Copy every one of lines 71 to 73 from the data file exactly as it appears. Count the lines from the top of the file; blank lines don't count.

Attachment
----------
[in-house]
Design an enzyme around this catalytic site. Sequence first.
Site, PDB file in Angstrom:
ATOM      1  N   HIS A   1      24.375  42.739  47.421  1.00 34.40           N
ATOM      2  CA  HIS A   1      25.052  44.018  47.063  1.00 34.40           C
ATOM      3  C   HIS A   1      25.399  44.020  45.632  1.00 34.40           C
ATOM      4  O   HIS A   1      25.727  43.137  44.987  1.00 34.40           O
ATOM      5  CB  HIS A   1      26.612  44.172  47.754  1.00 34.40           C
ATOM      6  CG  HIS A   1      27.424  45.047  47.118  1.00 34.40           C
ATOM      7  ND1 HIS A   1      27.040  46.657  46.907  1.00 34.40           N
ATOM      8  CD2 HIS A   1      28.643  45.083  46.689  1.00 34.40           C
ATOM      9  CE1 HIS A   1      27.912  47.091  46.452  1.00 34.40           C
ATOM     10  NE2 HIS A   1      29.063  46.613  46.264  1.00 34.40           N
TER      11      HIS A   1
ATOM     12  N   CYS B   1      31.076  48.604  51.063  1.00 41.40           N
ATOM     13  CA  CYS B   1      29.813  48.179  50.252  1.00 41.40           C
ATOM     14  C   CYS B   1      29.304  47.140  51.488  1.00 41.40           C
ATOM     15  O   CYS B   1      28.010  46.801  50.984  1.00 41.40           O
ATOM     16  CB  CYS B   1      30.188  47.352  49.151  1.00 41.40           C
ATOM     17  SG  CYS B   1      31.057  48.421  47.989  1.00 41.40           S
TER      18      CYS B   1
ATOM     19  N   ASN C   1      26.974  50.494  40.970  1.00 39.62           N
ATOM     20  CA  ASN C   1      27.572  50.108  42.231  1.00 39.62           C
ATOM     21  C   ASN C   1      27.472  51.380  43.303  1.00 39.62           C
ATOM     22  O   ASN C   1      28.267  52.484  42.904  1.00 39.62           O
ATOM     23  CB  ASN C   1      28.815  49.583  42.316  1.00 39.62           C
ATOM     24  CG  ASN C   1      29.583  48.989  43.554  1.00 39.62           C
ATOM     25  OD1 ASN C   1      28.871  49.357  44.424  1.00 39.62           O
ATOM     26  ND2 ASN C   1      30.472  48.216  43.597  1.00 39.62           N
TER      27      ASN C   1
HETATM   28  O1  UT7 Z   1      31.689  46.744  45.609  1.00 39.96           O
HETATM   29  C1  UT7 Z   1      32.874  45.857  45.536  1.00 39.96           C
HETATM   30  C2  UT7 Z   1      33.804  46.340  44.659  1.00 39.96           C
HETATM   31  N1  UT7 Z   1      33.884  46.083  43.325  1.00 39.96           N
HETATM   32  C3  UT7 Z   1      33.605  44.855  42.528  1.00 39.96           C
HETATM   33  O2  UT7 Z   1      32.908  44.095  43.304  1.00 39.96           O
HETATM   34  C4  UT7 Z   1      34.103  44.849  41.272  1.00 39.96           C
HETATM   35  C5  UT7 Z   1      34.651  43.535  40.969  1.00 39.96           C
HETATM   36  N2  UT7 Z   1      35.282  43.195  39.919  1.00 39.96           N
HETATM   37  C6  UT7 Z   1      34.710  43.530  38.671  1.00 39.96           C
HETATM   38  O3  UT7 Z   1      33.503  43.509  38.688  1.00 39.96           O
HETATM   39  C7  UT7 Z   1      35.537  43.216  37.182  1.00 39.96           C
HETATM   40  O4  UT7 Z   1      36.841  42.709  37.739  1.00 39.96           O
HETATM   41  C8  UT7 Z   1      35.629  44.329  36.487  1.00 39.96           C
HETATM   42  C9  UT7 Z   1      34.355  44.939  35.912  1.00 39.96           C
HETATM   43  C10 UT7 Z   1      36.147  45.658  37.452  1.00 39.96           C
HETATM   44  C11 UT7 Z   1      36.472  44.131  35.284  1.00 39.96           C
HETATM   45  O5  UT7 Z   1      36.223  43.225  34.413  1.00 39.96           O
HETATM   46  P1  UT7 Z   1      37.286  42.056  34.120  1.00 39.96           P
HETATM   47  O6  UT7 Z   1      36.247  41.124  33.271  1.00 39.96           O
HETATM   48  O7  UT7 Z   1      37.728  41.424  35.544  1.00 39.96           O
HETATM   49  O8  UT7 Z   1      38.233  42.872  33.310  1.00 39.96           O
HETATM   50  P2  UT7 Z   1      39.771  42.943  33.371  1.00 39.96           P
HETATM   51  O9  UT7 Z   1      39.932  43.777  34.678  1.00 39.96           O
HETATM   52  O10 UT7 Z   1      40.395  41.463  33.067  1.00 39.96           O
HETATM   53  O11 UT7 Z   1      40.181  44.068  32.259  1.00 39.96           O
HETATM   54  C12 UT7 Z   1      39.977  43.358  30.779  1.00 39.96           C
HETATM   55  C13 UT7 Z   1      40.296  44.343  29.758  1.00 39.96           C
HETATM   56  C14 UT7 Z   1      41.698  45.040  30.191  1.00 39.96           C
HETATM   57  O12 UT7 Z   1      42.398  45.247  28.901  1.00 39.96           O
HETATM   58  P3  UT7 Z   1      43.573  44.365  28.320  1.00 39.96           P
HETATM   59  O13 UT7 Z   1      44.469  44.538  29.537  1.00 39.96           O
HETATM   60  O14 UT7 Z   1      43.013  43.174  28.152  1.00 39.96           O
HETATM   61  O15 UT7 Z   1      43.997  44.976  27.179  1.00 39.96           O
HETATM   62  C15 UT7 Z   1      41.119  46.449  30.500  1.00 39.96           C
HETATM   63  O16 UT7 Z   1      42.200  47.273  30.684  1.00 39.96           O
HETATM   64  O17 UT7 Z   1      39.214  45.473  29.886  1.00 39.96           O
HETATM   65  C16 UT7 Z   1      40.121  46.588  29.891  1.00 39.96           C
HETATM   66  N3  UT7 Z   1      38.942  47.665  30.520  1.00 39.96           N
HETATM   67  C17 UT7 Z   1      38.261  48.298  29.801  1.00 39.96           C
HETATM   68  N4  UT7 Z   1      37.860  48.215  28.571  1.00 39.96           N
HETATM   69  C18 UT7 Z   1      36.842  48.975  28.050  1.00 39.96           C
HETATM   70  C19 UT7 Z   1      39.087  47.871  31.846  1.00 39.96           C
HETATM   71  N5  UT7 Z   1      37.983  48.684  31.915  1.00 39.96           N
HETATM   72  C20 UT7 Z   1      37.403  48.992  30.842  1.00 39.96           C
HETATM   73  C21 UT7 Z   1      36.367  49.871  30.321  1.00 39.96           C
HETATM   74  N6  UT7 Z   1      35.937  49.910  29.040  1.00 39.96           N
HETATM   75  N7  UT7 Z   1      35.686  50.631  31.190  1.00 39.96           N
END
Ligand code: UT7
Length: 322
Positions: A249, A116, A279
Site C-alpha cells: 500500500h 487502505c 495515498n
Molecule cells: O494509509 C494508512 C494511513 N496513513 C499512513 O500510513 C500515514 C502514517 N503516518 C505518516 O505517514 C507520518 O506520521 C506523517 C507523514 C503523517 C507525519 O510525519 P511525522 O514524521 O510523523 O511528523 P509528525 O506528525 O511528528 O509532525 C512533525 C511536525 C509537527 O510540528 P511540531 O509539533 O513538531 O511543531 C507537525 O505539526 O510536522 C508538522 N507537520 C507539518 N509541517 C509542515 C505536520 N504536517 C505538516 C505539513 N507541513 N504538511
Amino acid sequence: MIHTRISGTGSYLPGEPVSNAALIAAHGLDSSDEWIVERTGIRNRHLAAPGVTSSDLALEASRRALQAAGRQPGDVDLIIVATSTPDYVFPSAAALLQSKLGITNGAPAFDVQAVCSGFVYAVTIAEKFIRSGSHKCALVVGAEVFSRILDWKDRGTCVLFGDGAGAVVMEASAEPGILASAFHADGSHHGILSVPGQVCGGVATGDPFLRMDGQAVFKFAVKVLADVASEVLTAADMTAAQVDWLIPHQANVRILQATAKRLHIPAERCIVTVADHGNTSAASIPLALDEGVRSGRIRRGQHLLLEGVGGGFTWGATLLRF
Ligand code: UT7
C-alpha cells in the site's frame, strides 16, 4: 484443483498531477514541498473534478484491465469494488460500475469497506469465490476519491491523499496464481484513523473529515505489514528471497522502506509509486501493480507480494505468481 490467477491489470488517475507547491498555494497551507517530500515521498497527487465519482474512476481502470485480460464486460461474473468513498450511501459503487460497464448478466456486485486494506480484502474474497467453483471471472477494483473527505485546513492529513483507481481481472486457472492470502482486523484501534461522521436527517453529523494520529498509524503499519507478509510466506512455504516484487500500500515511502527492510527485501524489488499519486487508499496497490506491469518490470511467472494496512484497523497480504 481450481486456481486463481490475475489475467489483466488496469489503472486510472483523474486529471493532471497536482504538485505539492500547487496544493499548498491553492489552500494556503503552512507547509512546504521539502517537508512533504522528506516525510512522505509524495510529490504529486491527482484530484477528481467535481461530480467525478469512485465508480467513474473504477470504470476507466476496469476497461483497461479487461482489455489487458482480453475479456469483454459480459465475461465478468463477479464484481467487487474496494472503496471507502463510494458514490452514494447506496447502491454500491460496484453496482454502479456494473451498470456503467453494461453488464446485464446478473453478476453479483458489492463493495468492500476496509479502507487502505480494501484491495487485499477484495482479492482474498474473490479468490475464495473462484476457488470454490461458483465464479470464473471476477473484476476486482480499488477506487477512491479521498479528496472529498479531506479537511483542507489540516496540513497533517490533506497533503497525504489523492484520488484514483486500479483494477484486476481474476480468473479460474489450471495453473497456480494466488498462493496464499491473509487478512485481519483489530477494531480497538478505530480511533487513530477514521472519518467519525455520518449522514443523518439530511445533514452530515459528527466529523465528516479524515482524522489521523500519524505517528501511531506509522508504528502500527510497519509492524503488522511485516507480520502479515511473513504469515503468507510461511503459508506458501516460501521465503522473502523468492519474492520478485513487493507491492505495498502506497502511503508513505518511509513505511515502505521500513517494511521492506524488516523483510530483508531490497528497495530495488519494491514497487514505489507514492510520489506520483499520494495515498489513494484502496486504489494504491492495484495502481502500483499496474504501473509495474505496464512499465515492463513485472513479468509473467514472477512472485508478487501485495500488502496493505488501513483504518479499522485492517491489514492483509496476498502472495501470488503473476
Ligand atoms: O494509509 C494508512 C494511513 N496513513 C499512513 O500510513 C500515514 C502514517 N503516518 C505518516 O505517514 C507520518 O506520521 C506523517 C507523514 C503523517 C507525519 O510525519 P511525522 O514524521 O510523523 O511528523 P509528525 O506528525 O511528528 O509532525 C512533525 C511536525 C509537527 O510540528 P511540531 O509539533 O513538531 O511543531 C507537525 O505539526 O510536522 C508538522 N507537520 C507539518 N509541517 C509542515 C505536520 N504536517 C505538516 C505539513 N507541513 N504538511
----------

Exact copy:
HETATM   68  N4  UT7 Z   1      37.860  48.215  28.571  1.00 39.96           N
HETATM   69  C18 UT7 Z   1      36.842  48.975  28.050  1.00 39.96           C
HETATM   70  C19 UT7 Z   1      39.087  47.871  31.846  1.00 39.96           C